The UK is known as a nation of tea drinkers, one Polish person once asked me if we drank tea at 3 oclock everyday as some sort of ritual! Most of us dont realise that this tea is often grown on tea plantations in the developing world where the crops are sprayed with many chemicals and pesticides and the workers that pick the leaves are not only exposed to this danger but are often paid a pittance of a wage as well.
Organic and Fairtrade tea, coffee and cocoa are growing in popularity as people realise the benefits of spending those extra pennies per box and the payback in both health and human terms.
Why buy organic tea, coffee or cocoa?
Consumers usually decide to buy because production is carried out using sustainable farming practices, specifically not allowing deforestation to occur as part of plantation farming techniques.
Some producers go down the Fairtrade route, which gives the consumer further altruistic benefit in terms of assurance that the workers on the tea or coffee plantations have been working under improved terms and conditions, giving them a better quality of life and reducing exploitation. You can now buy organic, Fairtrade tea which is not much more expensive then just organic tea. I buy Morrisons own branded organic, fairtrade tea bags as its cheaper than the branded products such as clipper teas.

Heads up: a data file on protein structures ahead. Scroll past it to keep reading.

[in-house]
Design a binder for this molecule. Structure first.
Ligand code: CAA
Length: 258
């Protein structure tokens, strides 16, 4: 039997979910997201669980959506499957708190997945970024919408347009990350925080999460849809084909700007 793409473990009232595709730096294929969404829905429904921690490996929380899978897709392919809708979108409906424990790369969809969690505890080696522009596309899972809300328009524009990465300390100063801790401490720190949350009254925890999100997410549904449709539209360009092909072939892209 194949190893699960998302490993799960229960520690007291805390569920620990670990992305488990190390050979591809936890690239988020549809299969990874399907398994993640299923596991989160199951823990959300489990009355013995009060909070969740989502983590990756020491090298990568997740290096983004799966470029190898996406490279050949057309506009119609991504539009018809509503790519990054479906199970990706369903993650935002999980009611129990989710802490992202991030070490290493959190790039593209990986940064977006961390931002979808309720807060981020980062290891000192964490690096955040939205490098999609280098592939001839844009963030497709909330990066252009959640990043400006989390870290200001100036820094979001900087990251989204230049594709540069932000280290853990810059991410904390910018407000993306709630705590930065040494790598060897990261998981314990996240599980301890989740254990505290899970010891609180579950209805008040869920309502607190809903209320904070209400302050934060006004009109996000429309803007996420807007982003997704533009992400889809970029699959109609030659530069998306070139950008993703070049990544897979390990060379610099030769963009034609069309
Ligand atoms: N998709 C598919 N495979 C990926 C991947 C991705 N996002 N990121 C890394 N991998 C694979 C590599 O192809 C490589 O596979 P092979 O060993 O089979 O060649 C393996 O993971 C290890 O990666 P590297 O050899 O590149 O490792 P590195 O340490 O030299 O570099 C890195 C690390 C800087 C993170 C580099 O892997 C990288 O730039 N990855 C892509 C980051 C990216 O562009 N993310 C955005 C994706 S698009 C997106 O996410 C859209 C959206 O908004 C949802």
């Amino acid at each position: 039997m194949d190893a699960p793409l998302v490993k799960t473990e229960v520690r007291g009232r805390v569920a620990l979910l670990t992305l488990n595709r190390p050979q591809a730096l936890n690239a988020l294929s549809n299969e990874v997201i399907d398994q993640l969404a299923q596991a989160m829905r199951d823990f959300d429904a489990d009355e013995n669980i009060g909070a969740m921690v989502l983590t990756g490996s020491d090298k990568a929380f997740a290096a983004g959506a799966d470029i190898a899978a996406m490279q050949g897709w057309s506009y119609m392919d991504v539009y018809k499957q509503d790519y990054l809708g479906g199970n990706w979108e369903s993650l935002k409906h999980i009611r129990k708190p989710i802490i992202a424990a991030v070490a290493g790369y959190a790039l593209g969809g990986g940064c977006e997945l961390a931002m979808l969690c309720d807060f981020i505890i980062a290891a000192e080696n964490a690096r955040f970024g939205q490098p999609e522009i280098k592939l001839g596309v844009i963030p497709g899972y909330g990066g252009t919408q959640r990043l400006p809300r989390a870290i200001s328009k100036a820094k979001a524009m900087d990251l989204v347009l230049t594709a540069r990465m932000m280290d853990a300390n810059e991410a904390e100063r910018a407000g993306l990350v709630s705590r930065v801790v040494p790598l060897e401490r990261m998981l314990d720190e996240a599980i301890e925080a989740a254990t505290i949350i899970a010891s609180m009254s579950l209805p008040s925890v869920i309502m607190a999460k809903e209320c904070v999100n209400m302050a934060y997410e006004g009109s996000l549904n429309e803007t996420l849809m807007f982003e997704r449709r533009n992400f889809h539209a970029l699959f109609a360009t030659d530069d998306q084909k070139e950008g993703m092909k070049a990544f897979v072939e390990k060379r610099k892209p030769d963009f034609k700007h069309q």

What exactly is organic I hear you ask?
Tea or coffee qualifies as organic only when environment-friendly techniques are employed in its production. An organic unit should essentially be a self-sustaining one, designing the farm at the time of establishment of new organic tea or coffee plantation is crucial for optimum utilization of resources within the plantation itself.
In order to establish organic tea fields or coffee plantations, it is necessary to build up inherent nutrient levels and neutralise the chemical residues left in soils from past cultivation. This requires an interim period – called the conversion period. Based on the agro-ecological conditions, this period may vary from 3 to 5 years. If plantation is taken up before conversion period is over, chemical residues may show up in the product. These processing techniques are sufficient to make it highly unusual for any pesticides to be present in the end product.
Insect pest and disease management
Insect and disease management in organic farming systems rely on the inherent equilibrium in nature. This includes using natural enemies of pests to keep their numbers in check.
There are many varieties of organic herbal teas now available also. Some of these have the added benefit of possessing medicinal properties. For example, peppermint tea aids indigestion and chamomile can soothe and relax you.